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Editor's Note: In order to minimize the impact of supply chain disruptions, this clause provides that a purchaser may hold the vendor responsible for downstream claims through the contract's indemnity provision. This provides for purchaser's protection even if the vendor has claimed force majeure or other legal excuses.
Vendor agrees to indemnify, defend and hold harmless Purchaser, its Affiliates, and their respective directors, officers, employers and agents (collectively “Purchaser Indemnitees”) from and against any and all costs, fees, penalties, expenses, third-party damages, attorneys’ fees and all other liabilities to any third party whatsoever (“Losses”), arising out of any Claim against any Purchaser Indemnitee which arises from or relates to any actual or alleged:
(a) failure of Vendor fully and timely [to deliver Products conforming in all respects to the requirements of this Agreement] [to perform Services in strict compliance with the terms hereof], whether or not such failure (i) results from an Event of Force Majeure affecting Vendor as provided in Section X (Force Majeure) hereof or (ii) would be excused under any other contractual defense or principle such as impossibility or impracticability of performance or frustration of purpose; or
(b) breach or violation of any covenant or other obligation or duty of Vendor under this Agreement or under applicable law;
in each case whether or not caused in whole or in part by the negligence of any Purchaser Indemnitee and whether or not the relevant Claim has merit.
Comment: An indemnification provision in a commercial contract provides a contractual remedy to redress a party's liability or financial loss suffered as a result of a claim, typically by a third party, that results from an action, inaction or breach by the counterparty.
An indemnification provision generally supplements the remedies already available to a party by operation of contract, tort, or other law. However, it can be drafted to expand a party's liability by providing recovery for losses incurred or claimed by third parties or for events that would not otherwise constitute a cause of action under contract or tort law.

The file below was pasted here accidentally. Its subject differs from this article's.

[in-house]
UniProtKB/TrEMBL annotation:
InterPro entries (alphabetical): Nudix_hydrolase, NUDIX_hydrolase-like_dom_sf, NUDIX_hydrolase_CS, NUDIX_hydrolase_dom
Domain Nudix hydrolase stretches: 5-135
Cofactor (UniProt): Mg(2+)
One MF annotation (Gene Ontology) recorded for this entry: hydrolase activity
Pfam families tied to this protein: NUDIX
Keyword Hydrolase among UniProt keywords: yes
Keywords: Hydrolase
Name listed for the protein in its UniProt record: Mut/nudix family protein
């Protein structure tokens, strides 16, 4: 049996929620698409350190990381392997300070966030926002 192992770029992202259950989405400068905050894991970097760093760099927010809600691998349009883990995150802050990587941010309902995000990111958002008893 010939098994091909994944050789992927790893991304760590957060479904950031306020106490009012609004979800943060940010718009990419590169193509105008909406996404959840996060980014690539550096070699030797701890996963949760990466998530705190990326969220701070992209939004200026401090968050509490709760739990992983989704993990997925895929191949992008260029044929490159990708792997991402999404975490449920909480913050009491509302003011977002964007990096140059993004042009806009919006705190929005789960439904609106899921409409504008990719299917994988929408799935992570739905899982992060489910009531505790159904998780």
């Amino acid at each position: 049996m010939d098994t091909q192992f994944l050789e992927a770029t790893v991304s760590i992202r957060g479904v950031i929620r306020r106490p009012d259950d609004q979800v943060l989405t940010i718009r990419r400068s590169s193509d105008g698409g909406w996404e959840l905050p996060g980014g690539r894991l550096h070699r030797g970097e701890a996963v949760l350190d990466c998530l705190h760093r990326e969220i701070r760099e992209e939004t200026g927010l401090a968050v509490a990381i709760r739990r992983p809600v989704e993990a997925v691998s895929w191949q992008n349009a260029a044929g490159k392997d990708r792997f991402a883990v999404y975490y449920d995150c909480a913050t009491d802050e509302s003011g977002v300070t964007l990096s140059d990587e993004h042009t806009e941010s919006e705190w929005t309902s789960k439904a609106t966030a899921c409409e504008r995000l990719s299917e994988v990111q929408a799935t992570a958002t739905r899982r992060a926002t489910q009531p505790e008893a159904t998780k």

A party's contractual performance may be qualified and liability to the counterparty for non-performance may be excused upon the occurrence of certain events agreed upon by the parties, commonly referred to as “force majeure events” or “events of force majeure.” Such events typically include natural disasters, government-related actions, civil disturbances, party-specific occurrences including fires, power outages, labor and machinery issues, and a “catch-all” other circumstances outside the reasonable control of the affected party. They may also refer to pandemics and epidemics.
Depending on the language of the particular force majeure provision, parties invoking the protection of a force majeure clause during the Covid-19 pandemic were not liable to their counterparties for their inability to perform. The counterparty, as a result, shoulders all or part of the consequences of such non-performance, including potential claims from the counterparty's own customers that arise in connection with the excused performance, unless its own contracts with customers provide a similar excuse.
Some purchasers are addressing this situation by negotiating a modification to the contract's indemnity provision to impose liability on the vendor for third-party claims notwithstanding the force majeure excuse.
Example Clause Search: For additional precedents, access our Transactional Precedent Database of Third-Party Indemnification Claims clauses in publicly filed commercial agreements.
Value/Risk Analysis: The inclusion of an indemnity clause such as above is beneficial to the purchasing party since it shifts certain liability exposures that result from a claimed force majeure condition back to the party invoking force majeure. In the absence of such a provision, the purchasing entity risks responsibility for claims asserted by third parties, including its contractual counterparties, that result from the supply chain breakdown.
• Definitions of Affiliate and Claim
• Force Majeure